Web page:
Crisis grows in Coudersport

NASDAQ delists Adelphia, which could trigger bankruptcy; Allen walks
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Adelphia Communications' financial crisis intensified as multibillionaire Paul Allen walked away from talks to buy systems and investors and lenders began feuding.

Late Thursday, Allen's financial team broke off talks with Adelphia after once offering a lowball bid of just $2,700 per subscriber for some of the company's cable systems. The talks were Adelphia's best hope for raising cash and avoiding Chapter 11.

Other tense moments in a frenzied week include NASDAQ's decision that the exchange would delist Adelphia from its National Market System, which in turn could trigger a $1.4 million demand from certain bondholders. Also, the company acknowledged that it has formally defaulted on $7 billion in bank loans, although the banks are so far not demanding repayment. Either of those moves would plunge Adelphia, headquartered in tiny Coudersport, Pa., but the nation's fifth- largest cable operator, into Chapter 11.

Ex-Chairman John Rigas is out of the loop, as he and his sons were exiled from Adelphia's boardroom and executive offices. Wall Street and industry executives were startled by the Memorial Day weekend disclosure of how extensive Rigases' insider dealings with Adelphia had been.

In an SEC filing, Adelphia detailed not just the multibillion-dollar loan guarantees to family companies but how the once-multibillionaire family exploited company apartments and steered business to a family-owned car dealership and furniture store (see page 8).

Cranky stockholders also attacked Adelphia's "new" management—the directors who have long been on Adelphia's board but aren't Rigas family members.

Leonard Tow, who collected 12% of Adelphia's stock after selling his Century Communications to Adelphia three years ago, blasted the new board's move to sell Adelphia's assets. Tow, in a letter to Adelphia interim CEO Erkie Kailbourne, said that a cable-system fire sale "would strip the company of its ability to conduct an orderly and profitable disposition of the remainder of the company's cable assets when and if it is necessary."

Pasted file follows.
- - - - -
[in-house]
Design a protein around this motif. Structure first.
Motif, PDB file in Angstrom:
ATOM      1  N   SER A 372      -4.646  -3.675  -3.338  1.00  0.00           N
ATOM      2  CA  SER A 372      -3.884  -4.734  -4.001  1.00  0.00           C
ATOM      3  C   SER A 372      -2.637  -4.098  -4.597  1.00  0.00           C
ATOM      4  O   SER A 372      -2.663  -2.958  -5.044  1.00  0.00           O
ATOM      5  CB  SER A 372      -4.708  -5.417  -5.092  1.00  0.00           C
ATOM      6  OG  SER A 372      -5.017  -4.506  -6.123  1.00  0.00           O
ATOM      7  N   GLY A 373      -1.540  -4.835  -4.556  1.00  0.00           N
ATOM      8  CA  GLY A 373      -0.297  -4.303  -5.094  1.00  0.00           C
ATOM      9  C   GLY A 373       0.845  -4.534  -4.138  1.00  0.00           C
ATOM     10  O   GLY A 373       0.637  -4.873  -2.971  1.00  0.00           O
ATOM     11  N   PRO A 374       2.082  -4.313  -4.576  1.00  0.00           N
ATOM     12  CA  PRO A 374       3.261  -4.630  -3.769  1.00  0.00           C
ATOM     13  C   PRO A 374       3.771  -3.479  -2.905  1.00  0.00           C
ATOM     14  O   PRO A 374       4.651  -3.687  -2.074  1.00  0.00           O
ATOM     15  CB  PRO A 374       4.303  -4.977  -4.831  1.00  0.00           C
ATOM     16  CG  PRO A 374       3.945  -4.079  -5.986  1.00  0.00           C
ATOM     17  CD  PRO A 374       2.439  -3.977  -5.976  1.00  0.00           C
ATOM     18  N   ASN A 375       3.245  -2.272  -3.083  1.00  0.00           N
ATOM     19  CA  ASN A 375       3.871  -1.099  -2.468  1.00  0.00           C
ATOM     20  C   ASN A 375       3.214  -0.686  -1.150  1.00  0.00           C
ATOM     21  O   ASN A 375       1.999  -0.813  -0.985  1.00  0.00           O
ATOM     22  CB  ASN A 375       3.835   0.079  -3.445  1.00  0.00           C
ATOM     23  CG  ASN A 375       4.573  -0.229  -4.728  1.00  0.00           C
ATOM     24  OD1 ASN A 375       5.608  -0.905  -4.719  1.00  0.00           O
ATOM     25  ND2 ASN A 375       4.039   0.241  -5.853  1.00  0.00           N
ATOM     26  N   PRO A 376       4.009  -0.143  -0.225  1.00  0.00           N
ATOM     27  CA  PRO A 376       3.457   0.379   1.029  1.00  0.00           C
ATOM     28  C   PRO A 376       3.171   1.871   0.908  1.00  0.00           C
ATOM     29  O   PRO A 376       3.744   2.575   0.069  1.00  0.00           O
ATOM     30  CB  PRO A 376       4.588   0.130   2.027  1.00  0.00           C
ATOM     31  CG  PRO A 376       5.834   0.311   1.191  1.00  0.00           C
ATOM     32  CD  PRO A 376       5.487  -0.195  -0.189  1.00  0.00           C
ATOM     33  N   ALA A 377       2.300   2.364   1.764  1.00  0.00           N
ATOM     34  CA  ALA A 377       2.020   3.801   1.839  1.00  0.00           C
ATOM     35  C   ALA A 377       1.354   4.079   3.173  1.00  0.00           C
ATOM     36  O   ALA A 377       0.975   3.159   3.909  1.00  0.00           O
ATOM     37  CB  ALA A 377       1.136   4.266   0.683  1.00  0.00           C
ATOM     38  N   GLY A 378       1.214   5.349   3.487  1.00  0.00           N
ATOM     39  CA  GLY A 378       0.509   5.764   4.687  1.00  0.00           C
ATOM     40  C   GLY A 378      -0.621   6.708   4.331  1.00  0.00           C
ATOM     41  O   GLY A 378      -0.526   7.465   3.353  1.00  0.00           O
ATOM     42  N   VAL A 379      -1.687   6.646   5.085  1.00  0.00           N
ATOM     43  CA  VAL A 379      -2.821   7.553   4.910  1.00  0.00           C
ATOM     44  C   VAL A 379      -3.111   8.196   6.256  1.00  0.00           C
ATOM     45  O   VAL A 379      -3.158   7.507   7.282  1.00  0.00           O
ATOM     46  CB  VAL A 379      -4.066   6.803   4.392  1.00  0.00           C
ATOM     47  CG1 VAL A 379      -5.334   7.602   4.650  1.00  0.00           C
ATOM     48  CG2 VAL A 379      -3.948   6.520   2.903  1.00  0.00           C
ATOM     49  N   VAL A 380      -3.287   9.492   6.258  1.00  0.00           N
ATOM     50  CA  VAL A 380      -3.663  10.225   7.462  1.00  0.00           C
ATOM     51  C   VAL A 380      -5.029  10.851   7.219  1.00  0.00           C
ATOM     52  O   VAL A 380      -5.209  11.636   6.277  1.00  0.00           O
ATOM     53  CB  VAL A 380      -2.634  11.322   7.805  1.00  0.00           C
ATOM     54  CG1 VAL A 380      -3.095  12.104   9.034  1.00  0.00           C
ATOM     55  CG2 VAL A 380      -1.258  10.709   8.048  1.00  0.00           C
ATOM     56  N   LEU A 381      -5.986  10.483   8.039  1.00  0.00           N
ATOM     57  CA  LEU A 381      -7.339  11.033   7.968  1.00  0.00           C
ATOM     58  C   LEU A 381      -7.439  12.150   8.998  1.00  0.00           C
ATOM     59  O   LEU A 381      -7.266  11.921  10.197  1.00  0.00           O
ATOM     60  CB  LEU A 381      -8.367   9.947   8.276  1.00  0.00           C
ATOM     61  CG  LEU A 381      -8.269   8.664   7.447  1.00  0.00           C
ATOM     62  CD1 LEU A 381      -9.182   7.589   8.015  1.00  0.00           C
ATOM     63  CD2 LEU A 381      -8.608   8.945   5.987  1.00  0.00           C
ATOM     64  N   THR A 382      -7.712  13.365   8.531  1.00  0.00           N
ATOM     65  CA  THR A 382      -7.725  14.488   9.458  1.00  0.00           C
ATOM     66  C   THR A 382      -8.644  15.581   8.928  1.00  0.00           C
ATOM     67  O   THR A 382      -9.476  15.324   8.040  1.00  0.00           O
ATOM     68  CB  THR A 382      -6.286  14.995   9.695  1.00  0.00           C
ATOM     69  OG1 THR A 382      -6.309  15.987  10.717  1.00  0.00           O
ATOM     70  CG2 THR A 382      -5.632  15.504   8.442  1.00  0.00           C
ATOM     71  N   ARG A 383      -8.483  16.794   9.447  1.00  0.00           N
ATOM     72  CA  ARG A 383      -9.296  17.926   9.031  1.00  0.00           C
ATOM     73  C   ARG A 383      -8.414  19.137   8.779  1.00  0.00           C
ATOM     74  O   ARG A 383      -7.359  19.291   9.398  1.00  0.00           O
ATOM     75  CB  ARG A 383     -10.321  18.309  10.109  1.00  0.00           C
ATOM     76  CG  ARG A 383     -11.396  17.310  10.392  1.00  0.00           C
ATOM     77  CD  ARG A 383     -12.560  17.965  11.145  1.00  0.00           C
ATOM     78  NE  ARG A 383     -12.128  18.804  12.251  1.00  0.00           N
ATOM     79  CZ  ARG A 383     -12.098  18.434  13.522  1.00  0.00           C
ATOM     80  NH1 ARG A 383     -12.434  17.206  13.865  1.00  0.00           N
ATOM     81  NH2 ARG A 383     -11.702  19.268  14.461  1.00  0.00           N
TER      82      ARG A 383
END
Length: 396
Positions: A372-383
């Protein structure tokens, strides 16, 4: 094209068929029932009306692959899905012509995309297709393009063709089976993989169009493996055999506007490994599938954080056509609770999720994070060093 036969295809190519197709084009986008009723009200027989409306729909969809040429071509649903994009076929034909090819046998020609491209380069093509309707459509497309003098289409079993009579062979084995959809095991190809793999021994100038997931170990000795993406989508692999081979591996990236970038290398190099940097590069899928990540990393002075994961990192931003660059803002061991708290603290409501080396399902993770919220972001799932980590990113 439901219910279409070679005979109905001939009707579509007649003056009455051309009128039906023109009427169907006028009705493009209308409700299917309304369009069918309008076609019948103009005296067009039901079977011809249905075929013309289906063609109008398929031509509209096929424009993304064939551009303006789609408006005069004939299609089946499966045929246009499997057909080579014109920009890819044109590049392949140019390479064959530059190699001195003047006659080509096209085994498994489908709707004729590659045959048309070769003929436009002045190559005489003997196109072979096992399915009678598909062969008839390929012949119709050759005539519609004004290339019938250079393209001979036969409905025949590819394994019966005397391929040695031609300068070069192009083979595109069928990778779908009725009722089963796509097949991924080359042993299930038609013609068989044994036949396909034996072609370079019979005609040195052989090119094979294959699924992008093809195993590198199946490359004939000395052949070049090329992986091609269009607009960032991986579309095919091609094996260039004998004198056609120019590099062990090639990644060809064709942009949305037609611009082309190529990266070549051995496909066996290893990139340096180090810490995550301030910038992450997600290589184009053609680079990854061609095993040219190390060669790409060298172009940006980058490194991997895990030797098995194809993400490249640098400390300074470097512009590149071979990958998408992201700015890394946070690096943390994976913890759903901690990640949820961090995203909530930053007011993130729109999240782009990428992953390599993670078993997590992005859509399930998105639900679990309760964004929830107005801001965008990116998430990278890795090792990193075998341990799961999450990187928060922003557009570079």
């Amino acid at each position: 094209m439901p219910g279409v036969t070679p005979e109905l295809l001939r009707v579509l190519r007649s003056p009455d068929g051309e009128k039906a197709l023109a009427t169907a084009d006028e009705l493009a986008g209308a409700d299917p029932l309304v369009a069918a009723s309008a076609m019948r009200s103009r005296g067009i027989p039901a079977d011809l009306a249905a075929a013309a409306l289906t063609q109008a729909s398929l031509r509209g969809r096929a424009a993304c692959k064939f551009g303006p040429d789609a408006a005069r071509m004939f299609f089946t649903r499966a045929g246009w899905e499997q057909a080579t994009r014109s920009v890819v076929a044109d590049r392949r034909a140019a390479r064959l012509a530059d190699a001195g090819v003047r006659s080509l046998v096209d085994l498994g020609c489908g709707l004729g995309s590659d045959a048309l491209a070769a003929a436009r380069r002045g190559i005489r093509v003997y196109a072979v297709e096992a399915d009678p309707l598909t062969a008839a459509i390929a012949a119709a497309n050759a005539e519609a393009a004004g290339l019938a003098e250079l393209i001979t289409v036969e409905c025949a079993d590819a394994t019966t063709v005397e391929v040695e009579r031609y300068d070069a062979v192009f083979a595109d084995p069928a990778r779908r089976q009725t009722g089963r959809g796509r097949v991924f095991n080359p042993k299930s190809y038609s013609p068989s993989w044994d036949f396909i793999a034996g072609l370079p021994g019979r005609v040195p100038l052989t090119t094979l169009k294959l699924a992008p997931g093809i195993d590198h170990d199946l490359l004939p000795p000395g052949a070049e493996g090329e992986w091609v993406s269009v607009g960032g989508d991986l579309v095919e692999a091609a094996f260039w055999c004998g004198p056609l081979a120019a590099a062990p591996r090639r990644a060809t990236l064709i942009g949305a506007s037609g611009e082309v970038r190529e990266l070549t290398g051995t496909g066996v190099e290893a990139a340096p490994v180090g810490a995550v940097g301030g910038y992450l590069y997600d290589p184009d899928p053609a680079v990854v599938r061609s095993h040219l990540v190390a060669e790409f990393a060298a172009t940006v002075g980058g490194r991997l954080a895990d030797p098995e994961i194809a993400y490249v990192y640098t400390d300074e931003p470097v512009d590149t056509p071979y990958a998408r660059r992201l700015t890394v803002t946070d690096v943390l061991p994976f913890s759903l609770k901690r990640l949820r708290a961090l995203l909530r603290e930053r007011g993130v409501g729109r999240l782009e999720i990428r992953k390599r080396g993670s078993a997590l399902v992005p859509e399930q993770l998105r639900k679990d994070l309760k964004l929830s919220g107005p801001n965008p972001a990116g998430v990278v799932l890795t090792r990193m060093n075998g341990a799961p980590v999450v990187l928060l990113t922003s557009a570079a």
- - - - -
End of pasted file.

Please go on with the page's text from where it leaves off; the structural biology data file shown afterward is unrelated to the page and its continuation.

Kailbourne fired back, "We have asked you for any concrete proposal you have as to how to restructure the company's debt" and asked, "what specific, concrete alternative or alternatives you propose. You will, I know, understand that general ideas without concrete details as to how they will be implemented are of little use at this time."

Kailbourne relented to Tow's demands to be added to Adelphia's board of directors and said Tow would be fully briefed during a board meeting that had been scheduled for last Saturday.

As long as Adelphia stays out of bankruptcy court, one key arena is the clash between equity holders and lenders. That's because, while nobody really wins if Adelphia lapses into Chapter 11, if it goes, the banks lose the least and the stockholders lose pretty much everything.

So it is Adelphia's banks that are pressing for system sales. They're ahead of all bondholders, trade creditors and certainly stockholders when it comes to collecting money. Adelphia's total debt stands around $2,700 per subscriber, and banks are owed around $1,600 per sub. So, even if it takes a fire sale to get a fat injection of cash into Adelphia, the banks aren't harmed. And they won't lend any more money without some kind of injection.

The shareholders are at the end of the line in a Chapter 11 proceeding, but they also don't want Adelphia to live on as a shell, stripped of its best properties and left with a bunch of old rural systems bought from Century and FrontierVision that haven't yet been rebuilt.

Adelphia's investment bankers—primarily Salomon Smith Barney—have been scrounging for a player to put some cash in, but it was looking bleak. Allen, chairman of Charter Communications, would love to combine Adelphia's Los Angeles systems with Charter's nearby properties. And he has plenty of liquidity, recently selling $500 million worth of USA Interactive shares lately plus steady sales of Microsoft shares.

But industry executives said that Allen's financial team found the properties in worse shape than expected, requiring a lot of rebuild capital. Further, Allen would have to lend Adelphia cash today for systems that couldn't actually be sold until after six to nine months of local-government reviews. Bankers couldn't readily find a quick way to protect Allen's loans if things still went sour.

"Pre-bankruptcy, it's over," said one Allen adviser of any asset buys. "We'll wait to see if there's another chance in bankruptcy court."

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